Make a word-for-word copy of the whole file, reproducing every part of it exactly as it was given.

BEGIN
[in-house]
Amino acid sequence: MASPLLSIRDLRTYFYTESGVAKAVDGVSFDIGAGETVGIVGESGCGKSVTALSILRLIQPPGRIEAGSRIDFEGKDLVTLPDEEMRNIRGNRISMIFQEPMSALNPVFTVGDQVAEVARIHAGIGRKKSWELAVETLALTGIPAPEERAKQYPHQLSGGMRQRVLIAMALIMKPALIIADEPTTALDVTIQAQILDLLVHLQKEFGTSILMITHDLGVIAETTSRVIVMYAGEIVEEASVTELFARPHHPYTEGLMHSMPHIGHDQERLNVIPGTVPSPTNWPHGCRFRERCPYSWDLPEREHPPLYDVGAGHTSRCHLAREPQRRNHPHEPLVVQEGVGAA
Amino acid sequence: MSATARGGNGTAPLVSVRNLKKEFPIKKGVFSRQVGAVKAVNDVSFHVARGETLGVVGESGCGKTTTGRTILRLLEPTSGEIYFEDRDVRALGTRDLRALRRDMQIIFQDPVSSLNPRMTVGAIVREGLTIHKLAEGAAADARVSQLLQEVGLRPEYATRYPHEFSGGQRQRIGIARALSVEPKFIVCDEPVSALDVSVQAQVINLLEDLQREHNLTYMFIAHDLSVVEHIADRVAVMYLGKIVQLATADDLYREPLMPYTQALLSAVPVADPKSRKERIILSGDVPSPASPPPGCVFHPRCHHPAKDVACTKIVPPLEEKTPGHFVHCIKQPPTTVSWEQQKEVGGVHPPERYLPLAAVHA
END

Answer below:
[in-house]
Amino acid sequence: MASPLLSIRDLRTYFYTESGVAKAVDGVSFDIGAGETVGIVGESGCGKSVTALSILRLIQPPGRIEAGSRIDFEGKDLVTLPDEEMRNIRGNRISMIFQEPMSALNPVFTVGDQVAEVARIHAGIGRKKSWELAVETLALTGIPAPEERAKQYPHQLSGGMRQRVLIAMALIMKPALIIADEPTTALDVTIQAQILDLLVHLQKEFGTSILMITHDLGVIAETTSRVIVMYAGEIVEEASVTELFARPHHPYTEGLMHSMPHIGHDQERLNVIPGTVPSPTNWPHGCRFRERCPYSWDLPEREHPPLYDVGAGHTSRCHLAREPQRRNHPHEPLVVQEGVGAA
Amino acid sequence: MSATARGGNGTAPLVSVRNLKKEFPIKKGVFSRQVGAVKAVNDVSFHVARGETLGVVGESGCGKTTTGRTILRLLEPTSGEIYFEDRDVRALGTRDLRALRRDMQIIFQDPVSSLNPRMTVGAIVREGLTIHKLAEGAAADARVSQLLQEVGLRPEYATRYPHEFSGGQRQRIGIARALSVEPKFIVCDEPVSALDVSVQAQVINLLEDLQREHNLTYMFIAHDLSVVEHIADRVAVMYLGKIVQLATADDLYREPLMPYTQALLSAVPVADPKSRKERIILSGDVPSPASPPPGCVFHPRCHHPAKDVACTKIVPPLEEKTPGHFVHCIKQPPTTVSWEQQKEVGGVHPPERYLPLAAVHA